Reversing Obama Hurt Homebuyers, Economy

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l-r; Joan Fleming and Catrena Thompson, Citizens Bank of Nashville

By Peter White

 

NASHVILLE, TN — During his first hour in office, America’s new president stopped a cost cut for millions of homebuyers who Barack Obama tried to help.

Obama ordered a .25 percent cut in mortgage insurance premiums to start last week, but now FHA mortgage insurance costs stay at about $72 per month on a $100,000 FHA loan.

“It’s not going to stop home ownership because people were buying homes with FHA a few years ago and people have not stopped buying now,” says Joan Fleming, residential mortgage manager of Citizens Bank in Nashville. “But when you’re looking to make mortgages more affordable, you look to reward those buyers with a lower insurance premium.”

Homebuyers deserve the break, Fleming says. As a whole, they’re better at making payments. Foreclosures are down.

“The housing market is stable enough now to reduce the mortgage insurance rate,” she says. “Lowering insurance rates is one of those things, as a whole, we worked for. Now it’s been taken away. It’s disappointing…”

The National Association of Realtors reported last week the number of properties listed for sale sank to its lowest level since 1999. A shortage of homes on the market pushed prices higher and rising interest rates increase the cost of mortgages. Payments on a house costing $232,200 increased by about $900 from a year ago.

“When it comes to many markets … particularly the affordable housing market, [the president’s] cancelation of the reduction of the mortgage insurance premiums is going to have a huge impact on the already inflated and barely affordable Nashville housing market as well as all surrounding counties,” says Page Turner, a real estate broker who was the Tennessee Housing Development Agency’s 2016 Agent of the Year.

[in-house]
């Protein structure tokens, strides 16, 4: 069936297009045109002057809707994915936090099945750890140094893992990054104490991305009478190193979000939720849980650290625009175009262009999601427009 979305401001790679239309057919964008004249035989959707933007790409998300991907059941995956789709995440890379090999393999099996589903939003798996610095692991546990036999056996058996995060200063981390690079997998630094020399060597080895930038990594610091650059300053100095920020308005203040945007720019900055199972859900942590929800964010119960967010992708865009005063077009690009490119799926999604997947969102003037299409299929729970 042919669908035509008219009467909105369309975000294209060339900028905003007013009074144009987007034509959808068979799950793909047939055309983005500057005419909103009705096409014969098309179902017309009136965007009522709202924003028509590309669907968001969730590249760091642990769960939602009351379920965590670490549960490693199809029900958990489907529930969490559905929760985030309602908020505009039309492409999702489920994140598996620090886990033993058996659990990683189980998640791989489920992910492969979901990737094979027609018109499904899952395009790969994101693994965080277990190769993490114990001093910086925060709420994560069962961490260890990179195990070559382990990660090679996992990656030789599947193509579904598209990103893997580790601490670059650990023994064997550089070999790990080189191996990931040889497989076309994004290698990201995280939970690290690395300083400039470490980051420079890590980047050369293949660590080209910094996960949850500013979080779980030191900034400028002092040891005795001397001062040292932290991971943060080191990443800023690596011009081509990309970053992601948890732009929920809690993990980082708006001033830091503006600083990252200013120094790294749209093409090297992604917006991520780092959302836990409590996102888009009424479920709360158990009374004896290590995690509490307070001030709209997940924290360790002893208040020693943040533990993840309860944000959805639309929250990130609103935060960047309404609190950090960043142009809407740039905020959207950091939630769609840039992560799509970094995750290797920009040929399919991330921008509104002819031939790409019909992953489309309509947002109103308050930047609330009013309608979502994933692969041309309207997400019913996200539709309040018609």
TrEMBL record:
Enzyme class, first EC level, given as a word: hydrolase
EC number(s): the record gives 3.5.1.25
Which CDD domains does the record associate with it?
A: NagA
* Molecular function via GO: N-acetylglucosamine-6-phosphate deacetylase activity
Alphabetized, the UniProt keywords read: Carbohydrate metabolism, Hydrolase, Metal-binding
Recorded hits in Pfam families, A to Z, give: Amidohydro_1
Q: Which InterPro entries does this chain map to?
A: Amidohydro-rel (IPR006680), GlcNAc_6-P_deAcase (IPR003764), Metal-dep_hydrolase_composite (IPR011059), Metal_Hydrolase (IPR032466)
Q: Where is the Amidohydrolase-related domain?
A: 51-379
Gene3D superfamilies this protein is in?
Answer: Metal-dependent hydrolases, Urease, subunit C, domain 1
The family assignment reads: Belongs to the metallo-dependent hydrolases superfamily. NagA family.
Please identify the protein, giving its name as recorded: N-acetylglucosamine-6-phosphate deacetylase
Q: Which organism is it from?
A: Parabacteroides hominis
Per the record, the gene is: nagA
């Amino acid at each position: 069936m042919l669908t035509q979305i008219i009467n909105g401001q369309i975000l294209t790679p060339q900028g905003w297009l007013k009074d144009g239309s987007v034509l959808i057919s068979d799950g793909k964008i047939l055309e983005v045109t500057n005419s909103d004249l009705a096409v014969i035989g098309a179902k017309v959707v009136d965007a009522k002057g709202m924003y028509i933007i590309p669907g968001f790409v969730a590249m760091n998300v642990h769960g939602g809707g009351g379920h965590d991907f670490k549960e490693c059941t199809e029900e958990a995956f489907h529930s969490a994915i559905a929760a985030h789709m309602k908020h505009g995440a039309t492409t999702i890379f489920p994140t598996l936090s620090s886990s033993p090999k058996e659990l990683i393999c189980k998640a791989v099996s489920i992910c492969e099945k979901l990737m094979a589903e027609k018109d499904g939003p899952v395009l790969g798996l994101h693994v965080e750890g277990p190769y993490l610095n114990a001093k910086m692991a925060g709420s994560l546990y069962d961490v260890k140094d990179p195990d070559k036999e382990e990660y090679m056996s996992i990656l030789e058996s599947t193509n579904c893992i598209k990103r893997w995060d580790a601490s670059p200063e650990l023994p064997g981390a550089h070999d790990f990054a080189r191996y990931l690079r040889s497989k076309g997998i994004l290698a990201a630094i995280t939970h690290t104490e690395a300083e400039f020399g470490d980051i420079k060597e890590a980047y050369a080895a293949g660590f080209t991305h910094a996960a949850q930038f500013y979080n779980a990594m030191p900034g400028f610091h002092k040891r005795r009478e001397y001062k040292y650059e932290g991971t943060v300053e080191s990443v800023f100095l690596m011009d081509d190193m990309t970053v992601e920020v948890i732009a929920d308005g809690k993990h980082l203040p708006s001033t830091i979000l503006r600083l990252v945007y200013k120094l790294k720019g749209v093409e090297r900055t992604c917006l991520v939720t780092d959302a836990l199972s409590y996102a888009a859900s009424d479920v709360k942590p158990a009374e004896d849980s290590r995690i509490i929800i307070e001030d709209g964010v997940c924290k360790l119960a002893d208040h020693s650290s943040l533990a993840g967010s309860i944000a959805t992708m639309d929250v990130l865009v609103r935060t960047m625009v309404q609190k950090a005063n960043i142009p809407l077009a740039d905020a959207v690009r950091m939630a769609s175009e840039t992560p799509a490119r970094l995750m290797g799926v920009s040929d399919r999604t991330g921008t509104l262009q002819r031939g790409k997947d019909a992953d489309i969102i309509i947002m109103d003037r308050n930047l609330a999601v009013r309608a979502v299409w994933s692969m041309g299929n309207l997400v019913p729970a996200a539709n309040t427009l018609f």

Rents are skyrocketing in Nashville so buying a home makes more sense than renting if you can afford it, Turner says. Hardworking Nashvillians are being priced out of the market due to the rising property values as well as “the astronomical percentage that MIP (mortgage insurance premium) adds to a mortgage note.”

Canceling the cut hurts lower income communities by making it harder to buy a home, Turner said. “A reduction in MIP allows for more homes to be purchased and puts many people back in the … market. The cancelation of this reduction means the buyer is forced to purchase a home for a lot less, which, in our market [for] properties under $150,000, means 90 percent of approved buyers will not be able to purchase at all … we don’t have many homes available in that price range.”

When the housing market tanked, the 2008 recession was caused by Wall Street chicanery in real estate investments secured by bad home loans. Mortgage insurance is a safety net for mortgage lenders against defaults, so the large number of foreclosed homes that remained unsold during the recession is why mortgage insurance premium rates increased so much.

Since then, “The inventory of HUD properties has gone down significantly,” Fleming said. “More people are buying and fewer people are falling into default.”

A few years ago, Davidson County had about 400 properties in foreclosure, she said. Now it’s about 75. Lowering the rate as Obama planned was not a risky move. It made sense and it would have helped average people.

Turner says a lower MIP would permit more home purchases and return people to the market. Cancellation of the rate reduction has the opposite effect. It takes people out of the market who cannot afford to buy or who cannot find a home they can afford.

“The inventory has decreased. We’re doing better, and we deserve a lower premium,” Fleming said.

The higher cost of paying off a home mortgage is bad news for working families, but it’s great for real estate investors who can afford higher premiums, or who don’t need insurance by paying cash.

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